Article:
Climate Change Adaptation Training in Micronesia: Part II

Climate Change Adaptation Training in Micronesia: Part II

Low-lying coral islands—such as Ant Atoll, 10 miles from Pohnpei—are especially vulnerable to climate change

Former Brighter Green intern Whitney Hoot is chronicling her experiences as a supervisor in a climate change adaptation program in Pohnpei, Micronesia, a small island developing nation at risk from rising sea levels and other effects of global warming. This is the second blog in a three-blog series.

I have been in Pohnpei for about eighteen months, but I still learn something new almost every day – whether I’m in a training or not.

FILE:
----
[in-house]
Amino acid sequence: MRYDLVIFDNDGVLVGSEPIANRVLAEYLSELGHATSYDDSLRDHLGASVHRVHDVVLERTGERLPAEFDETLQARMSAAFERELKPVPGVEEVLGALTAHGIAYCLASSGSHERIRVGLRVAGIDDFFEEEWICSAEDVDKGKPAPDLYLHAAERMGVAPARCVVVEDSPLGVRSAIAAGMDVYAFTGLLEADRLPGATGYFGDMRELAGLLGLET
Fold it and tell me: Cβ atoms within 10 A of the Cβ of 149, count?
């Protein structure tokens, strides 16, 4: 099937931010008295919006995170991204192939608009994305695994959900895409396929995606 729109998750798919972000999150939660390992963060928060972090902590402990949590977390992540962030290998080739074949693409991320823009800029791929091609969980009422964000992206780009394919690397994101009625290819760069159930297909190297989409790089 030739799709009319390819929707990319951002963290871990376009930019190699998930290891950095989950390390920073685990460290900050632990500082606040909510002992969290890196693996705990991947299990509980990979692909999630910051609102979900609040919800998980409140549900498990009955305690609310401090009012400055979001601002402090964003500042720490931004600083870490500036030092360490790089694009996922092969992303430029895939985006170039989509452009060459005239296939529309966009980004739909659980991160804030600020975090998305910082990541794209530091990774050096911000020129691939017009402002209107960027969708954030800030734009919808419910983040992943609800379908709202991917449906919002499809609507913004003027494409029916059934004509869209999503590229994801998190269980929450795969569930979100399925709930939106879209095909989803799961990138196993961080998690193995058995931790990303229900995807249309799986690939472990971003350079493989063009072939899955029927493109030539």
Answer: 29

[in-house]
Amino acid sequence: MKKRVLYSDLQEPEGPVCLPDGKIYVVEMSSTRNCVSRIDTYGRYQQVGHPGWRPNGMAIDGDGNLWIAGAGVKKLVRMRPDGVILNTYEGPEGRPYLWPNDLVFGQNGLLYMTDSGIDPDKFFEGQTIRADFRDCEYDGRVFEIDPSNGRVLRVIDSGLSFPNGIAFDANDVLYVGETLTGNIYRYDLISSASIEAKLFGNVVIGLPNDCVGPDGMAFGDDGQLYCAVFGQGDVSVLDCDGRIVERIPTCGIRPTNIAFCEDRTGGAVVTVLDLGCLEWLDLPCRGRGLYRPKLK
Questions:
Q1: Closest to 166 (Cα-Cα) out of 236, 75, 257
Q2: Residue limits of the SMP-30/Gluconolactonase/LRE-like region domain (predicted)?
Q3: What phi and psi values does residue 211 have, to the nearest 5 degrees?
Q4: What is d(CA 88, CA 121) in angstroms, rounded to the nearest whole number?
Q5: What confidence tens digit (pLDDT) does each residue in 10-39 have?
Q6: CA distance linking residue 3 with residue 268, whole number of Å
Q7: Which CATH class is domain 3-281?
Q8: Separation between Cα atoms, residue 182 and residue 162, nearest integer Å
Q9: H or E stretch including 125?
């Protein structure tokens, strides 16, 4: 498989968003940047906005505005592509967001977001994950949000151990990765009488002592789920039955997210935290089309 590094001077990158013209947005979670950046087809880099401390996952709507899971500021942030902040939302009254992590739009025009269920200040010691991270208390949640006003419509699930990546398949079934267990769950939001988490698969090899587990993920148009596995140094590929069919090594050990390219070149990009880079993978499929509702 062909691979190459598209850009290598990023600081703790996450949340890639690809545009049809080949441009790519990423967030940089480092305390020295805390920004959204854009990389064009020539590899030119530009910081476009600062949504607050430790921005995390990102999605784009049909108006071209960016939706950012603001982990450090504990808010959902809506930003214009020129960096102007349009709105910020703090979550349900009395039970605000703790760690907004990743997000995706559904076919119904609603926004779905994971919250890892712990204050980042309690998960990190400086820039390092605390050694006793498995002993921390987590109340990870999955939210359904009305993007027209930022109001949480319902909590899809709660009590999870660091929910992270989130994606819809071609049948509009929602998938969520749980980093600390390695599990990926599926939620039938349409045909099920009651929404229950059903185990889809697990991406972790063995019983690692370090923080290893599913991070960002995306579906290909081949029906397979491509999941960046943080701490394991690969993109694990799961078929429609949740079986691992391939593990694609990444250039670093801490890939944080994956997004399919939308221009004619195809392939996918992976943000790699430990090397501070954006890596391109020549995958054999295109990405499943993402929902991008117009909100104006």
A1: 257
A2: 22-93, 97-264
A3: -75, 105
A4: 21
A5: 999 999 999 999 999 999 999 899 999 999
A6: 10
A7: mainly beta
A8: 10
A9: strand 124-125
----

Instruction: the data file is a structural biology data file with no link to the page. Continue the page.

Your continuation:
Last week I learned a lot about climate change outreach and adaptation planning (more on that in my next blog), but I also learned some things about the culture. The Pohnpeian language is actually split into two very distinct dialects – the common tongue and the high language, which is used when speaking to traditional leaders and others with high titles. However, I was pleased to learn that when consulting with a chief, you may first ask permission and he can allow you to speak in the common tongue. What a relief – learning one language is hard enough!

Left: Men installing MPA markers at Pakin Atoll, 30 miles from Pohnpei.
Right: Intact natural resources, such as mangroves, protect Pohnpei from impacts of climate change, such as coastal erosion and saltwater inundation.

Photo courtesy of Whitney Hoot